I am no Jeremiah. In some sense, I truly wish I were. But in a lot of ways, I am happy I am not. But I am going to suggest something here to the church in America and it is not going to like it. I suspect I will be accused of “weakening the army” and of “destroying the morale of God’s people”. Who knows? There may be a cistern waiting for me very soon. But I am just going to say it…

Same-sex marriage is here. It is the consequences of our own choices. It is happening. Our government is doing this, one way or another. You do not have to agree with it. You probably can argue eloquently about how wrong it is. As was true with Jeremiah, that argument seems to be less and less helpful as time goes on. Same-sex marriages are happening already, if not in your state, certainly in 17 other states (so far), and those couples are then moving back to your state.

The question is, will they be in church or not? Hopefully, they will be. Hopefully, within the next few years, same-sex couples will be sitting in our pews along with you and with me and with all the gossips and the liars and the gluttons and the adulterers, and we will all be worshiping and studying scripture together and praying together. As a church, then, we have an important decision to make about how we will relate to them. We should be thinking now about what love will look like in that case. We should be figuring out now how to minister with and to each other and, yes, how to have the conversation about all the implications of this relationship.

We should be asking what this will mean for the registrations at our next marriage retreat, or what this will mean for the family photos in the next church directory. We should be thinking about what love looks like when a same-sex couple walks into a couples Bible study or Sunday School class, and we should be having that conversation with all our leaders. We should be preparing our childcare workers for the child with two daddies or with two mommies and how that may affect our conversations.  Hopefully, we will figure all of this out a little more quickly than we figured out all these same issues with divorced people!

The scriptural debate will rage on. The discussions about God’s perspective on the issue will not end anytime soon. But, in the meantime, it has become an inevitability and we need to move toward figuring that out. I guess I just felt compelled to say that.

And now I will go and take my place in the cistern.

© Blake Coffee
Permissions: You are permitted and encouraged to reproduce and distribute this material in any format provided that you do not alter the wording in any way and do not charge a fee beyond the cost of reproduction. For web posting, a link to this document on this website is preferred. Any exceptions to the above must be approved by Blake Coffee.  Please include the following statement on any distributed copy: © Blake Coffee. Website: churchwhisperer.com




Culture Wars: Defining the Win

25 02 2014

Tuesday Re-mix:

The Lord is at your right hand;
he will crush kings on the day of his wrath.
He will judge the nations, heaping up the dead
and crushing the rulers of the whole earth.  
Psalm 110:5-6

If you have been here at Church Whisperer very long at all, you already know I have some issues with what we call the “culture wars”.  Specifically, I get a little twisted out of shape sometimes about the church’s role in those culture wars.  Here is another angle on that issue. [RANT WARNING]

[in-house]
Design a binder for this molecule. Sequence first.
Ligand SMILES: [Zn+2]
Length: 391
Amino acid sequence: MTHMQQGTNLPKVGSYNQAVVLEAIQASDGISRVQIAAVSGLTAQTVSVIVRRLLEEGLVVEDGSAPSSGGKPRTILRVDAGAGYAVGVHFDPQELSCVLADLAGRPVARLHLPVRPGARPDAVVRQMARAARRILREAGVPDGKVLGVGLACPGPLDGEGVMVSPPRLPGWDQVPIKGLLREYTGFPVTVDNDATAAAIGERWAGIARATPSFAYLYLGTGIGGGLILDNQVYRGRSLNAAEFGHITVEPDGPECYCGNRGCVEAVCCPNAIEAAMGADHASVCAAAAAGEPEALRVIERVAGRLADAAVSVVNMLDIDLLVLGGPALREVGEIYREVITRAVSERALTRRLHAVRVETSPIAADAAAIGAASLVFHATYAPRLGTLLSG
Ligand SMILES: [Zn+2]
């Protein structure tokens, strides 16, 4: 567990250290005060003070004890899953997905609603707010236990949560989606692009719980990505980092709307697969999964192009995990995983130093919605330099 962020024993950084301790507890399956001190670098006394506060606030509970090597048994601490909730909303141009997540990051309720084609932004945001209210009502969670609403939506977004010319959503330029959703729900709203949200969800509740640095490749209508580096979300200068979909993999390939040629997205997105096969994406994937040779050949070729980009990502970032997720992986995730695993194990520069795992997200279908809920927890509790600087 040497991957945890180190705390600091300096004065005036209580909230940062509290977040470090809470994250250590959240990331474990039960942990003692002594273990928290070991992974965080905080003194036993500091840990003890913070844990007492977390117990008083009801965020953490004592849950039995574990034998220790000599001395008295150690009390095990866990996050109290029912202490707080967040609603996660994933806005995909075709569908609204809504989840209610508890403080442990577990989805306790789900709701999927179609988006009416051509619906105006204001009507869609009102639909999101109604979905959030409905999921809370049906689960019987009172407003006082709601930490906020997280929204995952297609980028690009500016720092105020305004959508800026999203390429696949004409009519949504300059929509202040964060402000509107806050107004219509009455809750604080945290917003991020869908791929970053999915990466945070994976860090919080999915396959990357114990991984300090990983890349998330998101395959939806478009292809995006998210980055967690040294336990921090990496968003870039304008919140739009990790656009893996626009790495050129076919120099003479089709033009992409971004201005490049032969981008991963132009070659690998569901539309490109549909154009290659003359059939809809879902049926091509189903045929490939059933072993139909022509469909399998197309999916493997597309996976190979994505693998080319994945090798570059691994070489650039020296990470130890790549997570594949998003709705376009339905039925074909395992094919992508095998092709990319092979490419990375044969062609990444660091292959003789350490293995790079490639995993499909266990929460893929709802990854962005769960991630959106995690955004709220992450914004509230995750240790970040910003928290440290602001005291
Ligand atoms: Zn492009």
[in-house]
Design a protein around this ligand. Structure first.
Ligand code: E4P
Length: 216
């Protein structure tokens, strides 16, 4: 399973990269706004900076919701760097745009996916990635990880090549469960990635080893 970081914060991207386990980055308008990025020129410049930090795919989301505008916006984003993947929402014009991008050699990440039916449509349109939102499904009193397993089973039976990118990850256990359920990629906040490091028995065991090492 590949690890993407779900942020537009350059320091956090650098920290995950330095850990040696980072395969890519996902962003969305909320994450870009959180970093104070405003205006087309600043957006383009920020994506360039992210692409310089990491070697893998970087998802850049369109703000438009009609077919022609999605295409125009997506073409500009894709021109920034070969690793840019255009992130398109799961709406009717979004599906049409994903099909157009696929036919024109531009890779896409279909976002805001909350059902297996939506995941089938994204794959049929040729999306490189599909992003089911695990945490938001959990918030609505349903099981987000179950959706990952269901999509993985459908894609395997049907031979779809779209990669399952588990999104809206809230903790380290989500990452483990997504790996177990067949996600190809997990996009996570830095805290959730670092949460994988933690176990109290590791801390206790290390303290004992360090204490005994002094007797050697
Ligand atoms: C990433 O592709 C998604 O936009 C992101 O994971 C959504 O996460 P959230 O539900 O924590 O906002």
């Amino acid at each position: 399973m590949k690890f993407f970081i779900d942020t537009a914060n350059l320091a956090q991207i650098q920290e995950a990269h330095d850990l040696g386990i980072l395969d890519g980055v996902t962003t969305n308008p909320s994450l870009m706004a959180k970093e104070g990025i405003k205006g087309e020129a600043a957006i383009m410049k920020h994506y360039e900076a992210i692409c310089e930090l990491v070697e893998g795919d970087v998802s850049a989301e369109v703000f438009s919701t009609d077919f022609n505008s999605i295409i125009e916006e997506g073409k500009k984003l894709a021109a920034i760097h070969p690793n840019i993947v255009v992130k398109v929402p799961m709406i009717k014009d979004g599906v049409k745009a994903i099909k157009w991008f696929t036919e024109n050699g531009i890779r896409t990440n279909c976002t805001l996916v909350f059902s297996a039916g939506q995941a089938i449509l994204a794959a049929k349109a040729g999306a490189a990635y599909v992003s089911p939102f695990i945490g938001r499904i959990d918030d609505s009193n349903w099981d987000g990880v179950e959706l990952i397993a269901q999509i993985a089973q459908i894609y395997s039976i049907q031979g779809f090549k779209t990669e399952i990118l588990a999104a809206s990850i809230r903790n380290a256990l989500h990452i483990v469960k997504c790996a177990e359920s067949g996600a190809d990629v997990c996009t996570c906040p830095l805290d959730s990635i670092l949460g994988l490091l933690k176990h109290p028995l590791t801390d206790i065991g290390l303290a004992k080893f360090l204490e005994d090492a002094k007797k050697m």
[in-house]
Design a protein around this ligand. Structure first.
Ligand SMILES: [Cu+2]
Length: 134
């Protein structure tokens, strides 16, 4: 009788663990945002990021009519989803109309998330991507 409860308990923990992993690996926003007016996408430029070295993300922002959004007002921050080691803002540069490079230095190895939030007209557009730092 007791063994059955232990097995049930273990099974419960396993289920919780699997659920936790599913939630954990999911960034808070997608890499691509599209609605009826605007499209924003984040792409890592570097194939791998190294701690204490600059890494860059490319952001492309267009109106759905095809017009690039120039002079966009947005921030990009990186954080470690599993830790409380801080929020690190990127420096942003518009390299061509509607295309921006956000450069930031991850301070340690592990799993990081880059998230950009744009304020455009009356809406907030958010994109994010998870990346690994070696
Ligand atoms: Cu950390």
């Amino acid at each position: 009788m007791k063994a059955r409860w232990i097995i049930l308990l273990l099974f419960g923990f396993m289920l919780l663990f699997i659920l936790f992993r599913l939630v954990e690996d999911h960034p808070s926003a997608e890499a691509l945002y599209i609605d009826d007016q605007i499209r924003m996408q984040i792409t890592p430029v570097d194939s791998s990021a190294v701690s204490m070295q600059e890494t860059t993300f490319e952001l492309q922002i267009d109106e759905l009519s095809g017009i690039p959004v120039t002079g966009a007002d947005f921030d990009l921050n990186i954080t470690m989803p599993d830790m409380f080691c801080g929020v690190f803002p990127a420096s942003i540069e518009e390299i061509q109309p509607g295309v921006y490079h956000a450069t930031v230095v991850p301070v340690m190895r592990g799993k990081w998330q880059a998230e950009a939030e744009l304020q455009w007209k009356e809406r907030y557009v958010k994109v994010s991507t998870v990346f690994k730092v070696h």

http://www.dreamstime.com/-image18479312I wonder if those of us who expend an extraordinary amount of time and energy and resources on “fighting the culture wars”, i.e., engaged in heated debate with those outside the church over moral issues and trying to legislate morality so that non-Christians everywhere will start acting more like Christians,…I wonder if we have defined in our own minds what, exactly, “winning” this war would look like?  What is the objective?

Is the objective to somehow force non-believers to act like believers, i.e., to conform to God’s standards of behavior irrespective of their beliefs about God?  Is that a “win”?  Or maybe the objective is just to have warned them in advance of their ultimate judgment, so that we have the satisfaction of being right, even when it means they suffer unspeakable judgment?

If it is the former, then I think you see the fallacy.  Having a bunch of people walking around ACTING like Christians (conforming to God’s standards of behavior) will probably make for a more peaceful world in the short term, but it would do nothing to spare non-believers from the eternal fate which awaits them.  If it is the latter, then we have a problem there as well.  When we bash people over the heads with the truth, purely for the sake of winning the fight and being proclaimed right, that is no win at all.  When, in our minds, the satisfaction of being right outweighs the horror of God’s judgment on this world, we have lost the most important part of what following Christ means.

When I read Psalm 110 and other scripture describing God’s judgment on a rebellious world, it is horrifying to me.  It breaks my heart.  When I think about friends (or even enemies, for that matter) who are rebellious toward God and who have little or no respect for His laws, it scares me to consider what awaits them ultimately.  And when I stop and ask myself, “what does love look like?” with regard to them…arguing and fighting and going to war and spewing venomous words at them do not even make my radar screen as possible tacks to take.  Going to war is not love, and there is no hint at all from Jesus or from any of his teachings that this revolution we call Christianity will be won by winning an argument or by the sway of political power or even by moral persuasion.